Vasoconstrictor Agents
Vasodilator Agents
Vasodilation
Vasoconstriction
Blood Vessels
Cerebrovascular Circulation
Dilatation

All Science Journal Classification (ASJC) codes

  • Pediatrics, Perinatology, and Child Health

Cite this

@article{e79c9f5663554c279363c9c1d36ba70e,
title = "Does prolonged severe hypercapnia interfere with normal cerebrovascular function in piglets?",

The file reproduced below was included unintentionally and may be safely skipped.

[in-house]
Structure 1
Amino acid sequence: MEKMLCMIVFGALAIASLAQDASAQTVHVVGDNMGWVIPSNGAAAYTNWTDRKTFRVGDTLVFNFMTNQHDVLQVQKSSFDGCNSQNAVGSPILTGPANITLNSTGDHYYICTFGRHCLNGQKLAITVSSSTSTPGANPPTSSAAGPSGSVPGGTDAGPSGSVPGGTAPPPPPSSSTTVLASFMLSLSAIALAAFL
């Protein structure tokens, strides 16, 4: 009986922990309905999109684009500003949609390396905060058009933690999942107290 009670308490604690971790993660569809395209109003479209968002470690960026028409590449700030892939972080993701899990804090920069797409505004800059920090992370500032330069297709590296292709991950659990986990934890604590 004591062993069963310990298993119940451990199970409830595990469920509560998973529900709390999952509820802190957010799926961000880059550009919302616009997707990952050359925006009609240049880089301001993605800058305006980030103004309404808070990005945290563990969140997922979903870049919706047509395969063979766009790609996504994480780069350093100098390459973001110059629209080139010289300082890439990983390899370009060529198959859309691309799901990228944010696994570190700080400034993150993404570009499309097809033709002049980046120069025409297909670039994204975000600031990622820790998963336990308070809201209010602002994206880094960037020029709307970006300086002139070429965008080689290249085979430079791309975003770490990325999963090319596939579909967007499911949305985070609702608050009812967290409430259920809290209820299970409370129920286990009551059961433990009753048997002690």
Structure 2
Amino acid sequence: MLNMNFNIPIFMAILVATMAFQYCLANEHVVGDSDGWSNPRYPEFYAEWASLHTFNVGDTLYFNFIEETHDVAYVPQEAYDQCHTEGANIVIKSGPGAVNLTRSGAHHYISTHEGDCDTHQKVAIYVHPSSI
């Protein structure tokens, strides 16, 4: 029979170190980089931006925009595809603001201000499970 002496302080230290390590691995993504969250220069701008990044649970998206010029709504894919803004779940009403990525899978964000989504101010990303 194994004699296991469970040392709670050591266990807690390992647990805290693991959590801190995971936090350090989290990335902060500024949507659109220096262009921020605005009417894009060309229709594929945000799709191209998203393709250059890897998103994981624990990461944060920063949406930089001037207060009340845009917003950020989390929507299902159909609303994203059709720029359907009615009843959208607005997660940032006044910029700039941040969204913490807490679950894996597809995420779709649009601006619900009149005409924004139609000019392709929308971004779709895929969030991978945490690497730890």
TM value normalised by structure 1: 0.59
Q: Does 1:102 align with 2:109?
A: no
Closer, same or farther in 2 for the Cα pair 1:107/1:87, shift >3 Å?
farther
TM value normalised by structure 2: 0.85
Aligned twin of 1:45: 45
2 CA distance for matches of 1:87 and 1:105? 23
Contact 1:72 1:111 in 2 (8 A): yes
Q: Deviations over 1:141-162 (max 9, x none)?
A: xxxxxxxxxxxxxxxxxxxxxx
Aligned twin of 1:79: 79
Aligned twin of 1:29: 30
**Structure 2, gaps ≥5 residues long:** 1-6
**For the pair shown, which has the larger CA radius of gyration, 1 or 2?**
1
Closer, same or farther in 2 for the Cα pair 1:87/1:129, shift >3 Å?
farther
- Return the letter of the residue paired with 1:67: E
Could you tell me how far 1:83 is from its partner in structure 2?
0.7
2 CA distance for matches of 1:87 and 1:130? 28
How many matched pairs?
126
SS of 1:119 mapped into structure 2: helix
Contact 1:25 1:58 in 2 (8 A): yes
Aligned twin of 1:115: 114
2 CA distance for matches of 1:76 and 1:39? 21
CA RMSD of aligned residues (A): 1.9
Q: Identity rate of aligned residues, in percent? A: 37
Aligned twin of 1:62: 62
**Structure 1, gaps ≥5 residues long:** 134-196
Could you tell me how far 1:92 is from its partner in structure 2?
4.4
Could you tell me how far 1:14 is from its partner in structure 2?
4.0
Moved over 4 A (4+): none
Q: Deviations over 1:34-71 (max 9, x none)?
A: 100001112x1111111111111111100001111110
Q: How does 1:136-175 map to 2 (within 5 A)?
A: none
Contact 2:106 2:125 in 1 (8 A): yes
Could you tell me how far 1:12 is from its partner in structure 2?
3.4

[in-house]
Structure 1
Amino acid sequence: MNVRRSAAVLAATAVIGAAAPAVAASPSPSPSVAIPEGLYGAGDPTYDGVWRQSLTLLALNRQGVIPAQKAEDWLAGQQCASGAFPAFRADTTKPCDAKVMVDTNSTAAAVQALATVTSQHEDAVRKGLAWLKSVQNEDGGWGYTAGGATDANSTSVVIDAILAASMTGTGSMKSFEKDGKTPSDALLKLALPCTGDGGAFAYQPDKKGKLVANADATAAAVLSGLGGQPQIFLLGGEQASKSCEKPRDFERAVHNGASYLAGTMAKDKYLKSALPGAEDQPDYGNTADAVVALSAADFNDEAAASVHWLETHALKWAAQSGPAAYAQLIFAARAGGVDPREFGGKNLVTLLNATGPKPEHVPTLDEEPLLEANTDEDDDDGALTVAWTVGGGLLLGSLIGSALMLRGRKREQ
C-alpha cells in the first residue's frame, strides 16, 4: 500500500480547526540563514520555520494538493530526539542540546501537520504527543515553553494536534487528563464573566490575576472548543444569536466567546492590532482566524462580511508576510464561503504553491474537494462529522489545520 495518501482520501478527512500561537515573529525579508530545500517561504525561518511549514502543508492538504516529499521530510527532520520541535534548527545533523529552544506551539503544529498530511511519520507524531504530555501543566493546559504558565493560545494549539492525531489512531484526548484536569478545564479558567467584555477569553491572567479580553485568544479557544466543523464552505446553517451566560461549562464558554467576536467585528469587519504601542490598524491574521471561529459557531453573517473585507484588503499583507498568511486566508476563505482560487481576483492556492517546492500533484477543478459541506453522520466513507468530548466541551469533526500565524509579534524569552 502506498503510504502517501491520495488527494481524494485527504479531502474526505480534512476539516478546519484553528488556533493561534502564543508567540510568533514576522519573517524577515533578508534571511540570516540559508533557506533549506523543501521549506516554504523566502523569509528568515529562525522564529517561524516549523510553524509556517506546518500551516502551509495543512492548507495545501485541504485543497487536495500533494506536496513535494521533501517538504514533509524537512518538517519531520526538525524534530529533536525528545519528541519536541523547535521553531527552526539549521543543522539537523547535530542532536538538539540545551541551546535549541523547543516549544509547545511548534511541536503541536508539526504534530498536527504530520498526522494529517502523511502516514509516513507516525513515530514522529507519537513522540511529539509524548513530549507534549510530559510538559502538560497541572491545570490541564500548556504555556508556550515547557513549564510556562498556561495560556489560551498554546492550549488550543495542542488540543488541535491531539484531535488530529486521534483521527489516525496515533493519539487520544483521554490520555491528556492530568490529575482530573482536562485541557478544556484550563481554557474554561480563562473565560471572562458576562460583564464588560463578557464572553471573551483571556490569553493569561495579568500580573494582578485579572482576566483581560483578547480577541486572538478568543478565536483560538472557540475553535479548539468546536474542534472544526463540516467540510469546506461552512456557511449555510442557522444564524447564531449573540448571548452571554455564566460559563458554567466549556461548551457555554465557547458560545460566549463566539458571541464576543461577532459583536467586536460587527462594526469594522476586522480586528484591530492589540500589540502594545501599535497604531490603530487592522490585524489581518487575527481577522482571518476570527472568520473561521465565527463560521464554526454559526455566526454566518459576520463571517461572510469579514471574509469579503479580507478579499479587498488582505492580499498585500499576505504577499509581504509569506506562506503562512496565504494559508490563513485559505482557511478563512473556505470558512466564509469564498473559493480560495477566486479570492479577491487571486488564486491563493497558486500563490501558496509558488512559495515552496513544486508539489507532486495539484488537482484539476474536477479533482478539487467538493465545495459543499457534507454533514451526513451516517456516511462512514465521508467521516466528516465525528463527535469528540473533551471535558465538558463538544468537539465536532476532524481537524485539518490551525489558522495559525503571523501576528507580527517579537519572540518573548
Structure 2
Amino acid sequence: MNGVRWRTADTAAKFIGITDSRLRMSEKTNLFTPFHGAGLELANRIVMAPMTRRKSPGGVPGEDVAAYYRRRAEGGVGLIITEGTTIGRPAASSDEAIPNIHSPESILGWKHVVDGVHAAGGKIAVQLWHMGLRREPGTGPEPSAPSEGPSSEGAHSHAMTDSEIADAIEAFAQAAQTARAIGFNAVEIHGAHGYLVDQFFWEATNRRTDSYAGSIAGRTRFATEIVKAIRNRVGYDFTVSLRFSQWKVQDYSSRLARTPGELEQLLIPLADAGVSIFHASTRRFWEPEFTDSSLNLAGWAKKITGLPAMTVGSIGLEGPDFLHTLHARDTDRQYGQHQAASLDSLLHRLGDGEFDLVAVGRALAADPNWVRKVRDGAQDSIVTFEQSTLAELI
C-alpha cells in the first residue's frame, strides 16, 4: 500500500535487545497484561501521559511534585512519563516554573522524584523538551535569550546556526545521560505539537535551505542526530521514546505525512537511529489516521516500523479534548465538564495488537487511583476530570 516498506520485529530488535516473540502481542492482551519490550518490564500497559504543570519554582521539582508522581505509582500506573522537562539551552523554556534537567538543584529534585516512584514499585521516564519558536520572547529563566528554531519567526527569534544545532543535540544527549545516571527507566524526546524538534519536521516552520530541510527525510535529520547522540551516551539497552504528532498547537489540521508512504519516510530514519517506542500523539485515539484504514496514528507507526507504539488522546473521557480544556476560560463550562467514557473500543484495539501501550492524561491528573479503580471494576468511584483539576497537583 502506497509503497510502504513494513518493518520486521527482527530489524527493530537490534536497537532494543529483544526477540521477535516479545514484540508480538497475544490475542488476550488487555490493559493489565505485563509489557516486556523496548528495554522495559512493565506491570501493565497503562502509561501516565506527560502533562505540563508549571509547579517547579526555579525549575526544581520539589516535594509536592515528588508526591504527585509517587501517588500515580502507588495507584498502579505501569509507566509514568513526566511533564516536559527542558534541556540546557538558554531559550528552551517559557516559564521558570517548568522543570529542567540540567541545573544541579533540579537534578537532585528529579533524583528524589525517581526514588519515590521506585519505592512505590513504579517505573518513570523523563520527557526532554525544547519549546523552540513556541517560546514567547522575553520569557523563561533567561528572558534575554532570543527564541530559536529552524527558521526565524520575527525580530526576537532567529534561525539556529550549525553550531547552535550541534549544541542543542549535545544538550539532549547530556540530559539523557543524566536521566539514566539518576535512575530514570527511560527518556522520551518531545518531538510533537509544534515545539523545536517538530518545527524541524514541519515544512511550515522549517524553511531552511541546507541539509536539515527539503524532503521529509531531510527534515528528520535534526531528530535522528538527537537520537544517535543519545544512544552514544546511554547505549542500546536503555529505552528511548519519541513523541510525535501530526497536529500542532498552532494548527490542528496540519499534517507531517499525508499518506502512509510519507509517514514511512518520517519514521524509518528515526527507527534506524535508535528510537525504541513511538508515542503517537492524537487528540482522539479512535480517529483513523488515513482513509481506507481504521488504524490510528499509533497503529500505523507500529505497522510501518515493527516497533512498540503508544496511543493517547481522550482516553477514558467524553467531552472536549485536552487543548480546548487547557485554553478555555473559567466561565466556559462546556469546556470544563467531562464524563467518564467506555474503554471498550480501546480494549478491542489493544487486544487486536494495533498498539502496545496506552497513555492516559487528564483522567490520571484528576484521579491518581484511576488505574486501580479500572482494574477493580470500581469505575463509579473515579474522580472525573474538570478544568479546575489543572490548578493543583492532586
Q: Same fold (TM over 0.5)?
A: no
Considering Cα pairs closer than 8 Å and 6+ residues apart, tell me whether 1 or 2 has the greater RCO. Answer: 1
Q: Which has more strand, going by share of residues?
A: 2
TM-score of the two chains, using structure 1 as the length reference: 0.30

abstract = "Background: Hypercapnia causes cerebral vasodilation and increased cerebral blood flow (CBF). During prolonged hypercapnia it is unknown whether cerebral vasodilation persists and whether cerebrovascular function is preserved. We investigated the effects of prolonged severe hypercapnia on pial arteriolar diameters (PAD) and cerebrovascular reactivity to vasodilators and vasoconstrictors. Methods: Piglets were anesthetized, intubated and ventilated. Closed cranial windows were implanted to measure PAD. Changes in PAD were documented during hypercapnia (PaCO2 75–80 mm Hg). Cerebrovascular reactivity was documented during normocapnia and at 30, 60, and 120 min of hypercapnia. Results: Cerebral vasodilation to hypercapnia was sustained over 120 min. Cerebrovascular responses to vasodilators and vasoconstrictors were preserved during hypercapnia. During hypercapnia, vasodilatory responses to second vasodilators were similar to normocapnia, while exposure to vasoconstrictors caused significant vasoconstriction. Conclusions: Prolonged severe hypercapnia causes sustained vasodilation of pial arteriolar diameters indicative of hyperperfusion. During hypercapnia, cerebral vascular responses to vasodilators and vasoconstrictors were preserved, suggesting that cerebral vascular function remained intact. Of note, cerebral vessels during hypercapnia were capable of further dilation when exposed to additional cerebral vasodilators and, significant vasoconstriction when exposed to vasoconstrictors. Extrapolating these findings to infants, we suggest that severe hypercapnia should be avoided, because it could cause/increase cerebrovascular injury.",